Last night, after drinking gallons of watered down apple juice and milk, LE pushed her small belly against the fabric of her nightgown. It rounded out and sloshed.
“Mama,” she said, with true sadness, “I look fat.”
It had the effect of a starting pistol, cleaving the uneasy anticipation and sending me on a marathon run that will last at least the next 20 years. The race is on. The next thing I say matters, oh it matters.
“Nah, your belly is just full cuz you drank so much. And besides, so what if you did look fat? You’d still be the cutest girl in town.”
She looks unconvinced and confused. I push on, thinking of my own mother’s constant, quiet disgust with herself throughout my childhood. And her even quieter, sadder disappointment that I turned out fat, too.
“Mama’s fat!” I say, rubbing my belly in an affectionate manner. “And I’m still really pretty.”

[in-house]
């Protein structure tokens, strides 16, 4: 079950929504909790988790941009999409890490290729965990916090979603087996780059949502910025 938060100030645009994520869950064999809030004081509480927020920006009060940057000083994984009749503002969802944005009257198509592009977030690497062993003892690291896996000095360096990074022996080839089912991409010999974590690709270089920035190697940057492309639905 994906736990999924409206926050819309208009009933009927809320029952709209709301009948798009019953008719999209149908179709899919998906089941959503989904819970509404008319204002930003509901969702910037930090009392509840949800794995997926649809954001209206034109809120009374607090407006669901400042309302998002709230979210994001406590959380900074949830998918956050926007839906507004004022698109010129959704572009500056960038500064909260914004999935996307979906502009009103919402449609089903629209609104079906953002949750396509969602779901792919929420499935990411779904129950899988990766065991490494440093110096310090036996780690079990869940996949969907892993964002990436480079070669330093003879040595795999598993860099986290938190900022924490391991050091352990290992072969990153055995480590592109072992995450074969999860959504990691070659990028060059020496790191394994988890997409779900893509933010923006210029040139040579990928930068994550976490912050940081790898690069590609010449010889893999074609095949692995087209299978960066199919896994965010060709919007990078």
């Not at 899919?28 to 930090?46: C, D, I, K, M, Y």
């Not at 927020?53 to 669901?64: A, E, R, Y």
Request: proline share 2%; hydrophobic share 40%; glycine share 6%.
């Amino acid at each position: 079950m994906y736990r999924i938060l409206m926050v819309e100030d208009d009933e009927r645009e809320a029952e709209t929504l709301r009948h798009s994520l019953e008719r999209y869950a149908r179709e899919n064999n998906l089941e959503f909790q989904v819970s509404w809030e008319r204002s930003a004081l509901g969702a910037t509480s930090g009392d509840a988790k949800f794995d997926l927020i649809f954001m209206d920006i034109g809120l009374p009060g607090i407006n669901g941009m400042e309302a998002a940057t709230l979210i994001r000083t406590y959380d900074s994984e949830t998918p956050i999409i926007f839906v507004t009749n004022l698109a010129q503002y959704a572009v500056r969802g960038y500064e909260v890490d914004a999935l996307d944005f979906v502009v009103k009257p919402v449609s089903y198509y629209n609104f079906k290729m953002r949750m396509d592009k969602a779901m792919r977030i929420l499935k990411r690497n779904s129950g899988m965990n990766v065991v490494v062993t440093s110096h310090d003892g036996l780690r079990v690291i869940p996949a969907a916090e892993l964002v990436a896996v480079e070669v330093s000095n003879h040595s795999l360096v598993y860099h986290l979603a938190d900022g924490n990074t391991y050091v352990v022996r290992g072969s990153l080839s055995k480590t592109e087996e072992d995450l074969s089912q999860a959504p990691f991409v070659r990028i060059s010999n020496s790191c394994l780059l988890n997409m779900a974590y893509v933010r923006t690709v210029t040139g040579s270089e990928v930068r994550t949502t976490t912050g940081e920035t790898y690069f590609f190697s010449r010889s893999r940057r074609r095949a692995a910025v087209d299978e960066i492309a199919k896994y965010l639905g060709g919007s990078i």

“You’re not fat Mama,” she says, because she is a gentle sweet girl and doesn’t ever want to hurt or disappoint me.
“Sure I am!” I smile at her. “But so what? I wear pretty clothes, kiss a handsome man, and have lots of friends! It’s ok for people to be fat.”
In the next second she is distracted and wanders away, and I am left, my mind bent over at the knees, panting for air. Did I do it right? Are her little synapses processing like I want them to? Is the connection between fat and disgust dissolving while her confidence calcifies, gaining strength to support whatever body flaws she will invariably have?
When I tell her being fat doesn’t matter, I know I’m lying. It doesn’t matter to me, safely tucked into my 30’s, with true love, sex, and popularity secured. But when she’s 13 it will matter. When she’s 20 it will matter. It will always be in her mind, even if she never actually gets fat.
I don’t pretend that my body love indoctrination will be much competition for the world she’s going to face. But god it’s something, a tiny bit of comfort to clutch when the assault begins. No, when the assault continues. It’s already started.